The Chicago Reporter’s latest investigation reveals that despite high profile settlements like the $5 million awarded to the family of Laquan McDonald, Chicago settled more than half of police misconduct lawsuits between 2012 to 2015 for $36,000 or less.
According to the Reporter’s analysis of 655 police misconduct lawsuits, Chicago spent more than $210 million on these lawsuits during that period. The settlements are searchable in the news organization’s database, Settling for Misconduct.
Because the city borrows to pay these settlements, the interest increases their cost to taxpayers.
The stories behind the lawsuits include a grandmother arrested for battery, a little girl who had a gun placed at her temple and a young man who was shocked with a Taser.
The Reporter also delves deep into the night that a dozen police officers stormed the home of Alfonso and Patricia Cavada, who had just birthed the couple’s youngest son a month earlier and was recovering from a cesarean section.
The officers were looking for one of Patricia’s sons, who was not there. The couple was arrested and forced to leave two young children with relatives. The city ultimately settled with the Cavadas for $40,000 and legal fees.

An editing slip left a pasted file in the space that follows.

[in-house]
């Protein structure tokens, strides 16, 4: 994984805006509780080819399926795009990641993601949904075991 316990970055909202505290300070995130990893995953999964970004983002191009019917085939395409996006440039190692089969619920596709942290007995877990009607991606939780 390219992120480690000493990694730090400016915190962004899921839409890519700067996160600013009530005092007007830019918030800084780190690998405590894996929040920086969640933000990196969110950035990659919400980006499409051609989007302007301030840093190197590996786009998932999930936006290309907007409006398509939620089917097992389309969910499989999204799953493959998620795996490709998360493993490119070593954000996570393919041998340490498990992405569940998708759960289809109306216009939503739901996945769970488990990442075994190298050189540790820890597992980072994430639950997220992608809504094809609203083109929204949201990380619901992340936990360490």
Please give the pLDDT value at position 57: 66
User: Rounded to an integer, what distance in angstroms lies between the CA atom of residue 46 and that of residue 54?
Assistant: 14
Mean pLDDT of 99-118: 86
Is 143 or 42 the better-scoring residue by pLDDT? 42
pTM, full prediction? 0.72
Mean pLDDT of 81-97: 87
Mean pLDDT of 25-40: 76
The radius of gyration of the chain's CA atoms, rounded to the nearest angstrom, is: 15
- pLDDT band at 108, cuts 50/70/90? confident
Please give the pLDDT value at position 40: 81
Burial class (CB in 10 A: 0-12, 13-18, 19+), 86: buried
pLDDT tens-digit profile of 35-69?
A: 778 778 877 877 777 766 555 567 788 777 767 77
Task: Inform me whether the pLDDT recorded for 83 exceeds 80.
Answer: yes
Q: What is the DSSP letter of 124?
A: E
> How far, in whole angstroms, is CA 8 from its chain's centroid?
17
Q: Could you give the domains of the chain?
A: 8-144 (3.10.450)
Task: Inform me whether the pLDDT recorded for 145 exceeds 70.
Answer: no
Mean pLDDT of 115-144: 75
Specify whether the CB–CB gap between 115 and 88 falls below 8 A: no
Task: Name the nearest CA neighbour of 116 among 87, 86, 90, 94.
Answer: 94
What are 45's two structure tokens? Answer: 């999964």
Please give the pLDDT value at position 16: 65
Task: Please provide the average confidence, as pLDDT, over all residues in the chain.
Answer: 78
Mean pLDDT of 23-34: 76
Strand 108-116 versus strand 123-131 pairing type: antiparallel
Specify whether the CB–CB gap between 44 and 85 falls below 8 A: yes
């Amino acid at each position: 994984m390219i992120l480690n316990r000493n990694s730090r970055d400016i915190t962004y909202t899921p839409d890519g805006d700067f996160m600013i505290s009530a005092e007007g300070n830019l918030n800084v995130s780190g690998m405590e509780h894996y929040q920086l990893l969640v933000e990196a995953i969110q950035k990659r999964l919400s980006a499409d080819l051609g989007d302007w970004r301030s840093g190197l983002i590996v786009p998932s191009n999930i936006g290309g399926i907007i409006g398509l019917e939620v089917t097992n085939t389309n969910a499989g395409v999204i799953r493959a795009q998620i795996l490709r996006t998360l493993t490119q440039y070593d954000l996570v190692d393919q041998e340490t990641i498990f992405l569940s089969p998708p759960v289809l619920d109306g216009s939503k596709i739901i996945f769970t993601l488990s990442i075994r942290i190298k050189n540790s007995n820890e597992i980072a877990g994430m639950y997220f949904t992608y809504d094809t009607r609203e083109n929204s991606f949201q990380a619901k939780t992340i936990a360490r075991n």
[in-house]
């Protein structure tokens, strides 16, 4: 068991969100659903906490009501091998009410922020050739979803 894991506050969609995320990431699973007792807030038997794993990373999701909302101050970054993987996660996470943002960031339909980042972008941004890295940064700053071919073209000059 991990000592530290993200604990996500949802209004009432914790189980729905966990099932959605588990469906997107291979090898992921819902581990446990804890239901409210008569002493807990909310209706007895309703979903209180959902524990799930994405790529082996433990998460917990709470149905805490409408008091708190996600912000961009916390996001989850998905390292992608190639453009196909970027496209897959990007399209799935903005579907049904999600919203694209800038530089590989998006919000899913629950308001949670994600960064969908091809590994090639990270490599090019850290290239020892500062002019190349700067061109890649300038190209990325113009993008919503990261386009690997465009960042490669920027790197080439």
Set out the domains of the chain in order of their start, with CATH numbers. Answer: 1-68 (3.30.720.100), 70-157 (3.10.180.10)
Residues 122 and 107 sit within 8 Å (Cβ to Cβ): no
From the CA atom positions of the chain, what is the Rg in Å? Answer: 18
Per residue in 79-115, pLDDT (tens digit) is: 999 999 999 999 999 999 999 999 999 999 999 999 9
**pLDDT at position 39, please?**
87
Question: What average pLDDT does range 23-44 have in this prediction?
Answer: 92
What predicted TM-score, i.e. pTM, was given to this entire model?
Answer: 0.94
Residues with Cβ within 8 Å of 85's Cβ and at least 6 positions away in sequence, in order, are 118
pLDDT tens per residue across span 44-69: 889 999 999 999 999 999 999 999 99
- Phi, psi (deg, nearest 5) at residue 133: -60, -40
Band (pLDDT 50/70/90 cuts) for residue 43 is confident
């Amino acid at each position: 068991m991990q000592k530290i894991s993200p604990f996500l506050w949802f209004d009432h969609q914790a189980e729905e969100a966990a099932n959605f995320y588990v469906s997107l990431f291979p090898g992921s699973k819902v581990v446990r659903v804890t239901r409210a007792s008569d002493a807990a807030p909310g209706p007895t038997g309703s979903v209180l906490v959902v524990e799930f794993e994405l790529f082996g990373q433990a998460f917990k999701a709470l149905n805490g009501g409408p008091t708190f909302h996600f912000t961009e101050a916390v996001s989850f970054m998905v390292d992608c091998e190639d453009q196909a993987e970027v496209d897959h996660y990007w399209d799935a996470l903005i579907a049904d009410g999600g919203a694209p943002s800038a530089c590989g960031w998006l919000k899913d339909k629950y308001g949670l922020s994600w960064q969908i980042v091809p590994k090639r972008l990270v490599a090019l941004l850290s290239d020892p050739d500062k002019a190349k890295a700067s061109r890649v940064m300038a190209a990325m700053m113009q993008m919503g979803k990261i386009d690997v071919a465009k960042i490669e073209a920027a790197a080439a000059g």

Among the Reporter’s findings:
- In the small fraction of cases where officers and the city admit liability, the officers rarely are disciplined.
- Nearly half of the lawsuits claim that officers filed false reports – and sometimes committed perjury on the witness stand – to cover up their misconduct.
- More than one-quarter of lawsuits allege that two or more officers conspired to violate a person’s civil rights. Nearly one-third allege that some officers on the scene could have but didn’t intervene to prevent misconduct.
- In one-quarter of excessive force lawsuits, the person who alleged police abuse was charged with either resisting arrest or assault of a police officer.
- One in 10 cases involves minors. Officers have been accused of pointing guns at children, shooting at teenagers and leaving toddlers alone while their parents were arrested.
- Roughly 1 in 6 cases alleges that an incident is part of a pattern of misconduct, fortified by specific Police Department policies or the city’s general failure to adequately investigate officer misconduct. The city usually successfully argues to dismiss these claims, or to separate them from particular claims about the incident. That means the cases are rarely adjudicated.
Fernando Diaz can be reached at firstname.lastname@example.org. Follow him on Twitter: @thefuturewasnow.